Jesus made it clear that religion isn't something you do at certain times on certain days.   It's not saying specific prayers or performing certain rituals. It’s a thing of the heart. It’s a thing of the heart called love — love of God and love of neighbor. Today’s Scripture readings invite us to look into our hearts and to ask ourselves to what extent the words of Jesus in today’s gospel reading apply to us: 

“These people honor me with their words, but their heart is far away from me." 

They invite us to look into our own heart and ask ourselves to what extent the words of James in today’s second reading apply to us: 

“Do not deceive yourselves by just listening to his word; instead, put it into practice. Be doers of the word and not hearers only.

We must never forget that Jesus uses our hands, feet, voice, and heart to touch people in our day. That’s what matters - what is in our hearts - and what we do about it.

We are being asked today:                                                             

  • Do we focus on the things that are not that important and ignore what is essential? 
  • Do we judge people on how they look instead of who they are?

Here is a question he put on my heart today for me:

  •  Do we get upset about trivial things - like someone taking a knee at a sporting event during the National Anthem but ignore the significant issue of racial justice in our country?        
  • Are we attentive to the words we say in church but are deaf to the cry of the poor? 

Jesus is telling us today; it's unhealthy when we fixate on – some minor issue – and miss the more important one. This is what has Jesus upset in today's gospel. We are all in need of some “open-heart” surgery. Let us learn not to give our energy and attention to minor things but rather focus on the heart of the matter. Let us promise God not to criticize someone like the Pharisees did that day, before we explore what is on their heart. 

My grandmother always had a saying that seems to fit every situation today she might have said to us:

 "Don't judge a man until you have walked a mile in his shoes."





Friday, August 27, 2021

It's good to remind ourselves what it is we Catholic Christians believe.

We believe that there is one God, eternally existent who has revealed Himself as Father, Son and Holy Spirit. 

(Deuteronomy 6:4, Luke 3:22)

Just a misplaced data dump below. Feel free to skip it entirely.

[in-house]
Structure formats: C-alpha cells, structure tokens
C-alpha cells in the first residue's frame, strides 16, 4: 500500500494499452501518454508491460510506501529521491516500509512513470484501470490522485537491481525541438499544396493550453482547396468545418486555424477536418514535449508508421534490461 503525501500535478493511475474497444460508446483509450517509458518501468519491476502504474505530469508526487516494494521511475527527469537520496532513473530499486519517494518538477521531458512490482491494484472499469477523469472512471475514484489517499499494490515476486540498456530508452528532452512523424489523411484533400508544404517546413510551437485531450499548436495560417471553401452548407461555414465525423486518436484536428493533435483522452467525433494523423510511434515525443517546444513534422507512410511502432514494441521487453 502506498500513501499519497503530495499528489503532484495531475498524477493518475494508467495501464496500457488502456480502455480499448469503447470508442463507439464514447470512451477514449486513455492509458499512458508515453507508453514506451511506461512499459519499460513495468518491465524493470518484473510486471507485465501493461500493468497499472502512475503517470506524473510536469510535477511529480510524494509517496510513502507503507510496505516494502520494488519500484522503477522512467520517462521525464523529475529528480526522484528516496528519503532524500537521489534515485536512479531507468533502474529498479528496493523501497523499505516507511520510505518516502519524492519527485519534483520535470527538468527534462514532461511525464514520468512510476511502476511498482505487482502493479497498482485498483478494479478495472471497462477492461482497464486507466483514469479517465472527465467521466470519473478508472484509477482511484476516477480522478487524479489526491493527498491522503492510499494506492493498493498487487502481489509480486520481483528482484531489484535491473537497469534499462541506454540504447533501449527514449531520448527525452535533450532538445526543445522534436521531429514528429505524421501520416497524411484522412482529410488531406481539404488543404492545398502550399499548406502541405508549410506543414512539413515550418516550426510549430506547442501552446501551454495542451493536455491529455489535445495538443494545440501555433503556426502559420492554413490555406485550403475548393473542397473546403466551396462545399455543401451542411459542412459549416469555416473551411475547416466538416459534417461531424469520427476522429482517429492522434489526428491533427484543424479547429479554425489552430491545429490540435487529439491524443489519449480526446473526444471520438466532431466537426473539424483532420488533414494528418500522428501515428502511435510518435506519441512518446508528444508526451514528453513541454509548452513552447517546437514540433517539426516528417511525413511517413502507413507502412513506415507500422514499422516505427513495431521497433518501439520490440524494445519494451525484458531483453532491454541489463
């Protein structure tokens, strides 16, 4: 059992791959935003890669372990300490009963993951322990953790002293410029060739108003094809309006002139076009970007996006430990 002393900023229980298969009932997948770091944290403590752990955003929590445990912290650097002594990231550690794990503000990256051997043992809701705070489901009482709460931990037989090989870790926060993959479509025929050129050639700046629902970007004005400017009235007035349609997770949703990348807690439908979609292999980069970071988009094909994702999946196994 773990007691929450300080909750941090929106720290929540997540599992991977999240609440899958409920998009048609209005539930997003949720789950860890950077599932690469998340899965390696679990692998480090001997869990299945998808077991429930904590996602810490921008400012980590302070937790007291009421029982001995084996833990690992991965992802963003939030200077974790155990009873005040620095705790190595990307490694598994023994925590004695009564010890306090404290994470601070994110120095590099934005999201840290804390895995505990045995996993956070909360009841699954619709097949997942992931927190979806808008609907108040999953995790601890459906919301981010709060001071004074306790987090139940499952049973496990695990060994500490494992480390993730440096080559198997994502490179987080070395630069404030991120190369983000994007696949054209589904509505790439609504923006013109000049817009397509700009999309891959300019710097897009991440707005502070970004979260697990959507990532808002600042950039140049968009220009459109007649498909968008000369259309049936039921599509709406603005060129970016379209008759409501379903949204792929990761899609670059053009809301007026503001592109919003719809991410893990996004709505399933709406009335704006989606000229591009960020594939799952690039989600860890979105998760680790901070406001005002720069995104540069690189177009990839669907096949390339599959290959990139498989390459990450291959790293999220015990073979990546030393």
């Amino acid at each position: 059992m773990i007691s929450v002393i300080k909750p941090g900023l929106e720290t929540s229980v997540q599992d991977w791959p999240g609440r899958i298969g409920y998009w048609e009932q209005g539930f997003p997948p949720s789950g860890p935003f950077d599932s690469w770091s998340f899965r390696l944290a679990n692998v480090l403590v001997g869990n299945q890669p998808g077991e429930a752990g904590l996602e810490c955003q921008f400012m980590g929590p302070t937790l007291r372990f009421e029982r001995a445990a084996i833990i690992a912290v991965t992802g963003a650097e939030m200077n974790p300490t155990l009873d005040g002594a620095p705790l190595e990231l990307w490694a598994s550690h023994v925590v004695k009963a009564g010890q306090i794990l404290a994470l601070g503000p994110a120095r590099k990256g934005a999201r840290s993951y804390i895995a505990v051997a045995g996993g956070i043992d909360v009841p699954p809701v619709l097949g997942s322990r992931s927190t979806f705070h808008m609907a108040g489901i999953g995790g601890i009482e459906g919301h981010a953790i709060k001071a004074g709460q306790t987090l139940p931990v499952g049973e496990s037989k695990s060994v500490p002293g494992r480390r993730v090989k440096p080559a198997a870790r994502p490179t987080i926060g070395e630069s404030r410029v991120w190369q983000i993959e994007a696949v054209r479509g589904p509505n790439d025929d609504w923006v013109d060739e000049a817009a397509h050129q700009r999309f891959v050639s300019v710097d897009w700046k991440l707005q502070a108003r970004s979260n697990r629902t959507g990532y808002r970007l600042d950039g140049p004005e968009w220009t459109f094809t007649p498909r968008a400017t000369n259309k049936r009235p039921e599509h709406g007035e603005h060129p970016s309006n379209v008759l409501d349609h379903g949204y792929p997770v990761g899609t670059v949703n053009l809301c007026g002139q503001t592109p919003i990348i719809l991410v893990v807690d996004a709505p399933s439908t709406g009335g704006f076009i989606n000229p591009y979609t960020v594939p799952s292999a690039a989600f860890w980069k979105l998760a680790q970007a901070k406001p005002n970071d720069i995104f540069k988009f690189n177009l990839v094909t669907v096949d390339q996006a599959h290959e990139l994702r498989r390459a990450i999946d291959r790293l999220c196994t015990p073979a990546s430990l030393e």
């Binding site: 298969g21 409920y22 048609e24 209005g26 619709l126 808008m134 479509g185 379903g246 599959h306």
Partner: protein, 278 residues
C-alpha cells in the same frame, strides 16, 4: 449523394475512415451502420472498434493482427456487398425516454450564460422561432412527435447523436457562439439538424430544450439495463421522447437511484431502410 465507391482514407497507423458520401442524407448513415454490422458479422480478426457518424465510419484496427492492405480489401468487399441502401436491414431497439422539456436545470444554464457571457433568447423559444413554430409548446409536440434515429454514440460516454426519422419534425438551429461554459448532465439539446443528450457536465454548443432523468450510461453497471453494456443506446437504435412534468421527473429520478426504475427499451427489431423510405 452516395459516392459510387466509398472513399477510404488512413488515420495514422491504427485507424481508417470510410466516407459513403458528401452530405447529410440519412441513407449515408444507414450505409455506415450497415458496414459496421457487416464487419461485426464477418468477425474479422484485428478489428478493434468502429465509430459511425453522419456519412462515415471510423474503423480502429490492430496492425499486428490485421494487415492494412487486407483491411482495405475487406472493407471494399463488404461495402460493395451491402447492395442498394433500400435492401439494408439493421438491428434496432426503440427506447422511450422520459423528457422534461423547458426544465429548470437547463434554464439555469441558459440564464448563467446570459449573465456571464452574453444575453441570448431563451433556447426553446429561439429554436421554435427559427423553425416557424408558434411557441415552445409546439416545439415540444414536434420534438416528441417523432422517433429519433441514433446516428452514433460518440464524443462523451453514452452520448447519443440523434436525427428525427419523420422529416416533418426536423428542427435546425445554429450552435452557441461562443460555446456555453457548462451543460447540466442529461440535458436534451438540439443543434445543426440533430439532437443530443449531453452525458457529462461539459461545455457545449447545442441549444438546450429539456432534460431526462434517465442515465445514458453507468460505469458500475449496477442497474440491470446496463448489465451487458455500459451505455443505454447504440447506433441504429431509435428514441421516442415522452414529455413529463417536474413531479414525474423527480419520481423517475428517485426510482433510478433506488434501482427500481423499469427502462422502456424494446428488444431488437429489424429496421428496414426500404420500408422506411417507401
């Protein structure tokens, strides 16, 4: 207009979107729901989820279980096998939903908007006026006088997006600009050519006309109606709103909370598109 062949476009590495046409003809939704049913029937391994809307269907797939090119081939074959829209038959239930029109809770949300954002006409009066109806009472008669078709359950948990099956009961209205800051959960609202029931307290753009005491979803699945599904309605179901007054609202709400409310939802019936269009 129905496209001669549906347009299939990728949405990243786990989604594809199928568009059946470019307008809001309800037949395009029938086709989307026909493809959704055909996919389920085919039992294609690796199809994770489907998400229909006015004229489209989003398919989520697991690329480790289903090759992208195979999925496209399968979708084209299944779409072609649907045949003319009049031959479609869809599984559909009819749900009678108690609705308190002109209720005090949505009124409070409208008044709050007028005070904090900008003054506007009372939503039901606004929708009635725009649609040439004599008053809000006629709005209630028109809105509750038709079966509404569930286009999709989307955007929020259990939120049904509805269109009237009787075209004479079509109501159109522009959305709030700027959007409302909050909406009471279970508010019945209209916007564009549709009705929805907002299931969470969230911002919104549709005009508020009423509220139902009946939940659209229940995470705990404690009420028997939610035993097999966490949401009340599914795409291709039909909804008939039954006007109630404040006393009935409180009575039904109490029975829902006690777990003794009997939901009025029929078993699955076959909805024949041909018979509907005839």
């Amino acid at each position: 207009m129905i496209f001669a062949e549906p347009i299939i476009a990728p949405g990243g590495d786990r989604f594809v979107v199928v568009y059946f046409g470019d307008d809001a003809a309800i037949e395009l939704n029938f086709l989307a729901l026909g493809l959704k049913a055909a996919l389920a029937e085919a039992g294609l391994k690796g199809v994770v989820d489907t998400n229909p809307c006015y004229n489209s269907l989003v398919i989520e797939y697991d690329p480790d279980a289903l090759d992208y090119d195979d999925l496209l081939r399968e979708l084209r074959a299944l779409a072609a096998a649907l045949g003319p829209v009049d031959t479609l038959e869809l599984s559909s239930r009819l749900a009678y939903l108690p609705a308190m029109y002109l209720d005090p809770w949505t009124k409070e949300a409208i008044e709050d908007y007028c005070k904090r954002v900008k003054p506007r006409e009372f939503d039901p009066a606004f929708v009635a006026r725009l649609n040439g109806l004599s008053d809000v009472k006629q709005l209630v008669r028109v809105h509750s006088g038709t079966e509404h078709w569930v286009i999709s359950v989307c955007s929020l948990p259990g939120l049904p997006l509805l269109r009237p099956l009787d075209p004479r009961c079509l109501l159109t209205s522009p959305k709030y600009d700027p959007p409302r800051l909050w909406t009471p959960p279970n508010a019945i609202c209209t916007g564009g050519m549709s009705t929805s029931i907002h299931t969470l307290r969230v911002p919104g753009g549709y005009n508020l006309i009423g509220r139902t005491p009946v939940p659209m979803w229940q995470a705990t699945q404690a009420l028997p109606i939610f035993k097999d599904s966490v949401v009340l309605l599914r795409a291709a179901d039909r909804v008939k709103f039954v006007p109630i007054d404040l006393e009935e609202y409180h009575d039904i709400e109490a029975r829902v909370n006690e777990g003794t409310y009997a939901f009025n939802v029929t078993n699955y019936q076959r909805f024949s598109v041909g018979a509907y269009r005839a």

We believe the Scriptures, both the Old and New Testaments, are inspired by God and are the revelation of God to man. 

(2 Timothy 3:15-17, 1 Peter 1:21)

We believe in the deity of our Lord Jesus Christ, in His virgin birth, in His sinless life, in His miracles, in His atoning death through His shed blood, in His bodily resurrection, in His ascension to the right hand of the Father where He intercedes for us, in His present rule as Head of the Church, and in His personal return in power and glory. 

(Matthew 1:23, Luke 1:31)

We believe the sacraments are “efficacious signs of grace, instituted by Christ and entrusted to the Church, by which divine life is dispensed to us” 

In other words, a sacrament is a sacred and visible sign that is instituted by Jesus to give us grace, an undeserved gift from God. 

(CCC 1131) (CCC 1084). 

We believe Christ was present at the inception of all of the sacraments, which He instituted 2,000 years ago. Christ is also present every time each sacrament is celebrated. 

The Catholic Church has all of the seven sacraments instituted by Christ, which include Baptism, Confirmation, Eucharist, Reconciliation, Anointing of the Sick, Holy Orders and Matrimony. The Catechism of the Catholic Church explains that “the seven sacraments touch all the stages and all important moments of the Christian life” 

(CCC 1210).



Tuesday, August 24, 2021

Monday, August 23, 2021

Saturday, August 21, 2021

Merciful Jesus, you are my guide,

the joy of my heart, 

 the author of my hope, 

and the object of my love. 

I come seeking refreshment and peace. 

Show me your mercy, 

relieve my fears and anxieties, 

and grant me a quiet mind and an expectant heart, 

that by the assurance of your presence 

I may learn to abide in you, 

who is my Lord and my God. 

Amen.